The Probable Red Supergiant Progenitor of SN 2017eaw
ATel #10378; Schuyler D. Van Dyk (Caltech/IPAC), Alexei V. Filippenko (UC Berkeley), Ori D. Fox (STScI), Patrick L. Kelly (UC Berkeley), Dan Milisavljevic (Harvard/CfA), and Nathan Smith (Univ. Arizona)
on 15 May 2017; 15:44 UT
Distributed as an Instant Email Notice Supernovae
Credential Certification: Schuyler D. Van Dyk (firstname.lastname@example.org)
Subjects: Infra-Red, Optical, Supernovae, Transient
Referred to by ATel #: 10380
We report that we have used the discovery confirmation image of SN 2017eaw in NGC 6946, presented by Dong & Stanek (ATel #10372), to determine the position of the SN site in a publicly available archival Hubble Space Telescope ACS/WFC image at F814W from 2004 July 29, using 12 stars in common between the two images. The accuracy of the determination of the position was compromised by the saturation of the SN in the confirmation image. Nonetheless, we have located a stellar object approximately 6.4 WFC pixels (about 0.3 arcsec) to the southwest of this position. We have measured photometry for this star in the ACS F814W image, as well as in WFC3/IR images at F110W and F128N from 2016 February 9, using Dolphot (Dolphin 2000, PASP, 112, 1397). The star is not detected in an ACS/WFC F658N image, also from 2004 July. We note that no other luminous star is obvious in the ACS and WFC3/IR images out to about 3 arcsec from the nominal position.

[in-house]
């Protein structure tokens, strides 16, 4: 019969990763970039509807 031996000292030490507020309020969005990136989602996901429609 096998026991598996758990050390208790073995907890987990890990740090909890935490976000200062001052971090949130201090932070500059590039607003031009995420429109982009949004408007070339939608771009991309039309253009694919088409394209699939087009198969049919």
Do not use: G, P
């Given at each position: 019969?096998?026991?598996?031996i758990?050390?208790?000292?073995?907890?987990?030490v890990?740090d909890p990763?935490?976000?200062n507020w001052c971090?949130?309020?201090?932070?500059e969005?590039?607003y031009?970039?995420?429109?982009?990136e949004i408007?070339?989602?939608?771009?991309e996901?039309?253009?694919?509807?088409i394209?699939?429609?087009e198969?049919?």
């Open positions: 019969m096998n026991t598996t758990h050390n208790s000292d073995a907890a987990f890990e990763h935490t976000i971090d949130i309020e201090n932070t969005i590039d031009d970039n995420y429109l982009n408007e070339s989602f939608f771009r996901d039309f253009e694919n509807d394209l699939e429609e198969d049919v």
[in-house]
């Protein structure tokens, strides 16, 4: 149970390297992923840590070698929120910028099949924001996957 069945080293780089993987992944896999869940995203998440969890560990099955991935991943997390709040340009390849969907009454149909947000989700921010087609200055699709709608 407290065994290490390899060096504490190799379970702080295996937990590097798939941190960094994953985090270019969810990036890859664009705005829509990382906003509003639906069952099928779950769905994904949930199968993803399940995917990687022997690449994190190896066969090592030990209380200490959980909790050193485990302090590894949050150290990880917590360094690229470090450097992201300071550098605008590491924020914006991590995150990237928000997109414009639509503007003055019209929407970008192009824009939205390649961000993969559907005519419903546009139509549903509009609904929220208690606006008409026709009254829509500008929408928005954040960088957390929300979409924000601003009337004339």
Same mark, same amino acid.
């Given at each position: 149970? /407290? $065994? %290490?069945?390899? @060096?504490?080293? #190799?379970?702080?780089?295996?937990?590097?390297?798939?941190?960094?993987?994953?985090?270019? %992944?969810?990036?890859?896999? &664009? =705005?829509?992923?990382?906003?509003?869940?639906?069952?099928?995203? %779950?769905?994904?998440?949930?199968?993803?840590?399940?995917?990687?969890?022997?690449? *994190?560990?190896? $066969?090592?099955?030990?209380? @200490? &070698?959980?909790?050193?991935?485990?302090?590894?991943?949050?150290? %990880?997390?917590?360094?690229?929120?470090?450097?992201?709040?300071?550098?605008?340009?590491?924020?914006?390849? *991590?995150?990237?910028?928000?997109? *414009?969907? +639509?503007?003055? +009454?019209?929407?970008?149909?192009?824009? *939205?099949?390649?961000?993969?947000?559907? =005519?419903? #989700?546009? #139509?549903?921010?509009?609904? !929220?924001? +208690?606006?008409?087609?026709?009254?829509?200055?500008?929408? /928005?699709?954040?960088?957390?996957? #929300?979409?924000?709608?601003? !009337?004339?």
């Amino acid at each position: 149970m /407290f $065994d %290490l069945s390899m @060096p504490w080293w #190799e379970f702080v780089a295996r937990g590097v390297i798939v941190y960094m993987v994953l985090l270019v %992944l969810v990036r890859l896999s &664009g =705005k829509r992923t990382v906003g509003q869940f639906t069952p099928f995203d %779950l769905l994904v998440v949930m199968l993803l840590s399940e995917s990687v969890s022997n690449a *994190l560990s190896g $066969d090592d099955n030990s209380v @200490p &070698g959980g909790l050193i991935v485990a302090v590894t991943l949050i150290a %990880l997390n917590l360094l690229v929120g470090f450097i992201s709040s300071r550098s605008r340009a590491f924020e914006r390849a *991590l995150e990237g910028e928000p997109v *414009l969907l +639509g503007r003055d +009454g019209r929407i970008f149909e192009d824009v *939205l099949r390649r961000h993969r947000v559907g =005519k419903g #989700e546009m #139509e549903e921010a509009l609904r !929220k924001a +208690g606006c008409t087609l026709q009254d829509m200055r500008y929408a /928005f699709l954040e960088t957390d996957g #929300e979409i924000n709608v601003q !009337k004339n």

Together with the brightness for this star in Spitzer Space Telescope data from 2004 at 3.6 and 4.5 microns reported by Khan (ATel #10373), we find that the overall spectral energy distribution (SED) of the star is roughly consistent with a supergiant stellar atmosphere model at 3500 K (Castelli & Kurucz 2004, ATLAS9), reddened only by the Galactic foreground (A_V = 0.94 mag; Schlafly & Finkbeiner 2011, ApJ, 737, 103; via the NASA/IPAC Extragalactic Database) and assuming a Cardelli et al. (1989, ApJ, 345, 245) reddening law. However, we note that deficiencies in observed flux in the optical and excesses in the infrared, relative to the model, indicate the possible presence of circumstellar dust. The K-band brightness of the model would be approximately 18.7 mag. Assuming the tip-of-the-red-giant-branch distance to the host galaxy, 6.7 Mpc (Tikhonov 2014, AstL, 40, 537), the absolute K magnitude would be -10.5, and further assuming an appropriate bolometric correction at K from Levesque et al. (2005, ApJ, 628, 973), the bolometric magnitude is -7.6 mag, or log (L_bol/L_Sun) ~ 4.9 (assuming M_bol(Sun) = +4.74 mag). This is approximately the locus in the Hertzsprung-Russell diagram of a red supergiant for which the initial mass was about 13 solar masses (from comparison with MIST stellar evolutionary tracks at solar metallicity; Choi et al. 2016, ApJ, 823, 102; Paxton et al. 2011, ApJS, 192, 3; 2013, ApJS, 208, 4; 2015, ApJS, 220, 15), although this estimate is preliminary. Given that the SN has been classified as a Type II-P (ATel #10374, #10376, #10377), we consider it highly likely that this star is the progenitor. However, further confirmation with higher spatial resolution imaging of the SN is required, as is more detailed modeling of the observed SED.